Bill Laurance coming to Adelaide

13 03 2010

We’ve got a real treat for biodiversity buffs scheduled for the end of March. Eminent (Distinguished, Famous, Respected… the list goes on) Professor William (Bill) Laurance is briefly leaving his tropical world and coming south to the temperate climes of Adelaide to regale us with his fascinating biodiversity research career.

Bill is a leading conservation biologist who has worked internationally on many high-profile threats to tropical forests—in the Amazon, Central America, Africa, and Australasia. A highly prolific scientist, to date he has published five books and over 300 scientific articles. Bill has recently commenced a position as Distinguished Research Professor at James Cook University and is involved with the Smithsonian Tropical Research Institute in Panama. He also happens to be the bloke that blew the lid open on the devastating effects of tropical fragmentation in the Amazon with some of the best long-term experiments ever done in conservation biology.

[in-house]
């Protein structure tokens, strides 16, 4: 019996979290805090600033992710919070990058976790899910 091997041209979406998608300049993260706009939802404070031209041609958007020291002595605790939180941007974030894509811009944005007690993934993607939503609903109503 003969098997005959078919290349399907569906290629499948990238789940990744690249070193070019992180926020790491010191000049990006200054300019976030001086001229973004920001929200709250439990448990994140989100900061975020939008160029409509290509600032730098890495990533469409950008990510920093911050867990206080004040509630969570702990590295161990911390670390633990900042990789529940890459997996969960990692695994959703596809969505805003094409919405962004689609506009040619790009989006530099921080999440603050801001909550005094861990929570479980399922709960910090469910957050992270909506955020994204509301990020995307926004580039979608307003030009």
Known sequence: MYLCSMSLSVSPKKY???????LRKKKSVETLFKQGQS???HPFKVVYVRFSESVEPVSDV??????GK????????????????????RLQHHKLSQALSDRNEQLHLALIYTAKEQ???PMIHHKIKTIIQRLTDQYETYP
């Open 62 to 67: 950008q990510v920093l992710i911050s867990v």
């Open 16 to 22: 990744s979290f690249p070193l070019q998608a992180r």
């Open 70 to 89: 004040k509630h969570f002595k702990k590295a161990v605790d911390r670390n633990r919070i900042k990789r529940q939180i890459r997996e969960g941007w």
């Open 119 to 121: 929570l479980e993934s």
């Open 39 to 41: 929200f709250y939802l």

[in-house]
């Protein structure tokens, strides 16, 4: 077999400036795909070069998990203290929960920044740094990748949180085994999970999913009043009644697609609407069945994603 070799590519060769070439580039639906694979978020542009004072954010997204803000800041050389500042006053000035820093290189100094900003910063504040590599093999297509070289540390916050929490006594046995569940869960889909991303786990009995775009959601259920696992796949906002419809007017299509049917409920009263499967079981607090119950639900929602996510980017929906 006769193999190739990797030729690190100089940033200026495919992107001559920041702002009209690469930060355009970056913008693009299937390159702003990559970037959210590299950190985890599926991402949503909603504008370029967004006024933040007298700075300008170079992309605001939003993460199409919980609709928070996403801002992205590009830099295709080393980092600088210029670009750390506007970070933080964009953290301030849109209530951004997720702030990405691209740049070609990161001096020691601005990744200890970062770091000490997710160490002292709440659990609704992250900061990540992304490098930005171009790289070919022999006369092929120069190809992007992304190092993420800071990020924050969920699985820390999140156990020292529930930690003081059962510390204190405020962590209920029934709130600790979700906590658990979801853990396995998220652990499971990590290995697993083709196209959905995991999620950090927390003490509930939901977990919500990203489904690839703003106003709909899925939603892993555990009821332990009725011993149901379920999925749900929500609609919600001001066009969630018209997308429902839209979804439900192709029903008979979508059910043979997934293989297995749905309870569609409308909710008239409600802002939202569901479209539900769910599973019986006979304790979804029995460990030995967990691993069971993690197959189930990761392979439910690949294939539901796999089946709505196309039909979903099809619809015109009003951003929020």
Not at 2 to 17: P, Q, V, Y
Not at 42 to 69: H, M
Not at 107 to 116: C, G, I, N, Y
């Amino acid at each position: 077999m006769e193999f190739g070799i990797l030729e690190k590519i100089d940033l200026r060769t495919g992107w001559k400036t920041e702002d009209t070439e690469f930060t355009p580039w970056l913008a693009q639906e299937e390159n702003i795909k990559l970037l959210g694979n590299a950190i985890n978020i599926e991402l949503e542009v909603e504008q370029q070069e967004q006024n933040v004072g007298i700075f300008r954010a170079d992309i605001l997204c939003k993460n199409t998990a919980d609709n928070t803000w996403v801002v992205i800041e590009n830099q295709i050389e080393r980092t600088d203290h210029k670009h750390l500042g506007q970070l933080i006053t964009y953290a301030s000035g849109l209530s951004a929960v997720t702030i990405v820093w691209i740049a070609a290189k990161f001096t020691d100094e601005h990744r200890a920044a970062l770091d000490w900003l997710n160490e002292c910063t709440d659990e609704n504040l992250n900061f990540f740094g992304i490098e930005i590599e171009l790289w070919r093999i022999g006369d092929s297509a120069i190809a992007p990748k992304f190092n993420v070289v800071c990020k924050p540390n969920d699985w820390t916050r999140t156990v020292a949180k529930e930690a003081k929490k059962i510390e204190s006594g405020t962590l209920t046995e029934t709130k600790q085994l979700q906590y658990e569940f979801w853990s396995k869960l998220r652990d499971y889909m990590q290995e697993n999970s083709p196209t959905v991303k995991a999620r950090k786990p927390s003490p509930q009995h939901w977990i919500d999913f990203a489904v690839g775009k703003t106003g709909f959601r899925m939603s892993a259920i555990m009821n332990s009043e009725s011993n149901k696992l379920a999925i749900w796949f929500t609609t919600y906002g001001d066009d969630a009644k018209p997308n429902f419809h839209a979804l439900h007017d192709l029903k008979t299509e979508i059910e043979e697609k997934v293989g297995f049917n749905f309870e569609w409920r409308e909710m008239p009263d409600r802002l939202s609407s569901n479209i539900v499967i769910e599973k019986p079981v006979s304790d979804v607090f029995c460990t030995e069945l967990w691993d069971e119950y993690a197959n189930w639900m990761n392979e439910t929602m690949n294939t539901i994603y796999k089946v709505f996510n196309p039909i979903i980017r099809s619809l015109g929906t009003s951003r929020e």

I’m personally very pleased for several reasons: (1) Although I have never met Bill in person yet, I’ve recently co-authored two papers with him (Wash and spin cycle threats to tropical biodiversity and Improving the performance of the Roundtable on Sustainable Palm Oil for nature conservation) and I’m keen to meet the man behind the pen; (2) we have had many email discussions (some of them rather heated!), so I’m keen to flesh some of these out over a nice glass of South Australian Shiraz; (3) he’s been a keen supporter of my work for years, and has given me many opportunities to get my research noticed; and (4) it’s high time to met one of ConservationBytes.com Conservation Scholars.